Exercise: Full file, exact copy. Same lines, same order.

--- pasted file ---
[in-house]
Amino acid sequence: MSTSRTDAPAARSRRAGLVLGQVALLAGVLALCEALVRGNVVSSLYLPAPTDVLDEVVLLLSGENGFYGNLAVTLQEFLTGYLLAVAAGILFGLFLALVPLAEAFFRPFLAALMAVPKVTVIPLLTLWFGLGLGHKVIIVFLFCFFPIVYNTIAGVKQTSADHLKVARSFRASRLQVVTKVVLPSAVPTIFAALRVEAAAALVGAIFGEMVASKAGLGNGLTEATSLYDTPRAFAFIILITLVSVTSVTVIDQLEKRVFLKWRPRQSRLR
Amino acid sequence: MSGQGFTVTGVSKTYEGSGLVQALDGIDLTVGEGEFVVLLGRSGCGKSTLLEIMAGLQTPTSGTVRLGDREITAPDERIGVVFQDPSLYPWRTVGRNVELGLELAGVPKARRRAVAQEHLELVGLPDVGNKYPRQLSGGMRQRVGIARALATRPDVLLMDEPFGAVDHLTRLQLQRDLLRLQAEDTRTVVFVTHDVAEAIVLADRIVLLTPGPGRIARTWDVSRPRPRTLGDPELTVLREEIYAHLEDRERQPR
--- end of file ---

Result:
[in-house]
Amino acid sequence: MSTSRTDAPAARSRRAGLVLGQVALLAGVLALCEALVRGNVVSSLYLPAPTDVLDEVVLLLSGENGFYGNLAVTLQEFLTGYLLAVAAGILFGLFLALVPLAEAFFRPFLAALMAVPKVTVIPLLTLWFGLGLGHKVIIVFLFCFFPIVYNTIAGVKQTSADHLKVARSFRASRLQVVTKVVLPSAVPTIFAALRVEAAAALVGAIFGEMVASKAGLGNGLTEATSLYDTPRAFAFIILITLVSVTSVTVIDQLEKRVFLKWRPRQSRLR
Amino acid sequence: MSGQGFTVTGVSKTYEGSGLVQALDGIDLTVGEGEFVVLLGRSGCGKSTLLEIMAGLQTPTSGTVRLGDREITAPDERIGVVFQDPSLYPWRTVGRNVELGLELAGVPKARRRAVAQEHLELVGLPDVGNKYPRQLSGGMRQRVGIARALATRPDVLLMDEPFGAVDHLTRLQLQRDLLRLQAEDTRTVVFVTHDVAEAIVLADRIVLLTPGPGRIARTWDVSRPRPRTLGDPELTVLREEIYAHLEDRERQPR